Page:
That notwithstanding, the authors present a compelling case for action, and not just for more research. While further research might help us to understand more about why, how, and in what ways, income inequality interacts with our mental health, or what might either exacerbate or mitigate the damage done, the authors argue that there is enough evidence already to justify ‘pre-emptive action’.
Implications for practice
This study has clear and pressing implications for policy and practice at every level: from national governments to local services and individual practitioners. Ignore income inequality and you miss an important piece of the puzzle in addressing mental health. And by implication, if you reduce income inequality you should lessen the number of your citizens who will experience depression.
At a national level, policies for taxation, income, education and health care can either reduce income inequality or at least mitigate its effects on mental health.
Mental health services, and the people who work in or with them, may not be able to reduce income inequalities at such a scale. But they can ensure that they hear, understand, and respect the survival struggles of people who have faced a lifetime of unequal access to resources, fear, discrimination, oppression and disadvantage. They can support people with employment, housing and financial entitlements. And they can work alongside communities, groups and families to extend opportunity and build resources.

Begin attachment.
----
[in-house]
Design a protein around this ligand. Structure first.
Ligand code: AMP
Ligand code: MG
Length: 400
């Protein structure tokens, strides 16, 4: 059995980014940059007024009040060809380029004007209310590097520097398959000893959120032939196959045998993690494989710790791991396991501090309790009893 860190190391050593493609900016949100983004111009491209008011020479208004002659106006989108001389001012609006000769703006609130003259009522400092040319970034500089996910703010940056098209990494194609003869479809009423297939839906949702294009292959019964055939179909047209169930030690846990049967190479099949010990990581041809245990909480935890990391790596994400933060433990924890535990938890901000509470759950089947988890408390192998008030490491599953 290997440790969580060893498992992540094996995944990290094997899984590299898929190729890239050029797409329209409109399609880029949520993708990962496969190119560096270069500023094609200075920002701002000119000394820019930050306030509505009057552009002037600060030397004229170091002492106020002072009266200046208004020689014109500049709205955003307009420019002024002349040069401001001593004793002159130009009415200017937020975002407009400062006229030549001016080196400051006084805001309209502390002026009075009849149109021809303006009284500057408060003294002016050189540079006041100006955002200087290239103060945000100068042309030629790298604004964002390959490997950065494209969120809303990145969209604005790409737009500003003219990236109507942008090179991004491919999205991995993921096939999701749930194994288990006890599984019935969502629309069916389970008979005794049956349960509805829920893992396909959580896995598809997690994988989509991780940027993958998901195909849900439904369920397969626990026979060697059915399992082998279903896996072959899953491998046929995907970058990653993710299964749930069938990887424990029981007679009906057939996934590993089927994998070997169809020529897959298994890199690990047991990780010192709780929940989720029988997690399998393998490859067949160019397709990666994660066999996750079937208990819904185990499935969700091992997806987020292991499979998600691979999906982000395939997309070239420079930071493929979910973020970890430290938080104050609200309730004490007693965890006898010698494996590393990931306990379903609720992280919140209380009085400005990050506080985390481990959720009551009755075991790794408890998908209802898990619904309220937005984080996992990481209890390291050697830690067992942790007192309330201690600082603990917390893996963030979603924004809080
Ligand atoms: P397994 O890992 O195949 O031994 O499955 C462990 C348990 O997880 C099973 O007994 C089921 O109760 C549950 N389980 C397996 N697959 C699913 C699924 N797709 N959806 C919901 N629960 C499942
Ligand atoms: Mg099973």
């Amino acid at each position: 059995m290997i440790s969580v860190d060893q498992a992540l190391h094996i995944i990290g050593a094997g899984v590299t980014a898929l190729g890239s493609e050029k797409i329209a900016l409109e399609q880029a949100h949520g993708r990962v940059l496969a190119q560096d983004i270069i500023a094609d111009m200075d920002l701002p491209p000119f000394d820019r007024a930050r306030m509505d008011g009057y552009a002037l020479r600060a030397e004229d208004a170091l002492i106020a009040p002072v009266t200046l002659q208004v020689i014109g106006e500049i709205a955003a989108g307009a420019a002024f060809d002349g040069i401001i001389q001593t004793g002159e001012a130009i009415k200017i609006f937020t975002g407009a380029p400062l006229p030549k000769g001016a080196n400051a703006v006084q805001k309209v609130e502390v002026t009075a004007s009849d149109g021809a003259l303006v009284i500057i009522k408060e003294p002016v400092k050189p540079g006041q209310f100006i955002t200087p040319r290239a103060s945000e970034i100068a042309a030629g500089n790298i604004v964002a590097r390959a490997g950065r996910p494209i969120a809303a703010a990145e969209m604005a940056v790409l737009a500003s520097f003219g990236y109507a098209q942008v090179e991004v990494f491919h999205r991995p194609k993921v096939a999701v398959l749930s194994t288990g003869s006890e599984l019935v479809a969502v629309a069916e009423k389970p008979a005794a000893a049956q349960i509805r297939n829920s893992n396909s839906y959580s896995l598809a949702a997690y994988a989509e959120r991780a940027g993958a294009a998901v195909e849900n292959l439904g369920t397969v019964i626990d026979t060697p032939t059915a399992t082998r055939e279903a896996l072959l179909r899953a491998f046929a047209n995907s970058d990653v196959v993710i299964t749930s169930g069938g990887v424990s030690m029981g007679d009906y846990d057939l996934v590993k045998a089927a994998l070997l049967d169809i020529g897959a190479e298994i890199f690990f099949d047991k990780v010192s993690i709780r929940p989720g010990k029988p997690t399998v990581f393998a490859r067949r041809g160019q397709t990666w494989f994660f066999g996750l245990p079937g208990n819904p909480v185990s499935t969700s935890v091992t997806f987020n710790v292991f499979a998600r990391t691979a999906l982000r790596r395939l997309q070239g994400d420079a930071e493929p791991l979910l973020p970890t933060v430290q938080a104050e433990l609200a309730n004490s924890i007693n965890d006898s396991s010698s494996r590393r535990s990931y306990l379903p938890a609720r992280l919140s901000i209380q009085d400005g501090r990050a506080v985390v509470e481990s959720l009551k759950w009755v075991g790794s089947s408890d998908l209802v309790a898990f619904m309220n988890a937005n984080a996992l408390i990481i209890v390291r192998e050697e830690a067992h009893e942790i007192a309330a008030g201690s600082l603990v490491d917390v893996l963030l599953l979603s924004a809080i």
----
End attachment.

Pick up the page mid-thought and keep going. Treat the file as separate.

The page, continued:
This, then, has significant implications for the way we educate and train health professionals: to help them to see the social, political and economic context of our mental health; and to recruit people with lived experience of disadvantage. It has implications for what services and interventions are commissioned: for example whether welfare advice should be offered alongside talking therapies for depression. And it has implications for the level of ambition we need to have for mental health policy: that as well as seeking fairer and better treatment for mental ill health we must also make the case for change more widely in addressing entrenched inequalities and creating a fairer, and ultimately healthier, society.
Conflicts of interest
Patel V, Burns JK, Dhingra M, Tarver L, Kohrt BA, Lund C. (2018) Income inequality and depression: a systematic review and meta-analysis of the association and a scoping review of mechanisms. World Psychiatry. 2018 Feb;17(1):76-89. doi: 10.1002/wps.20492.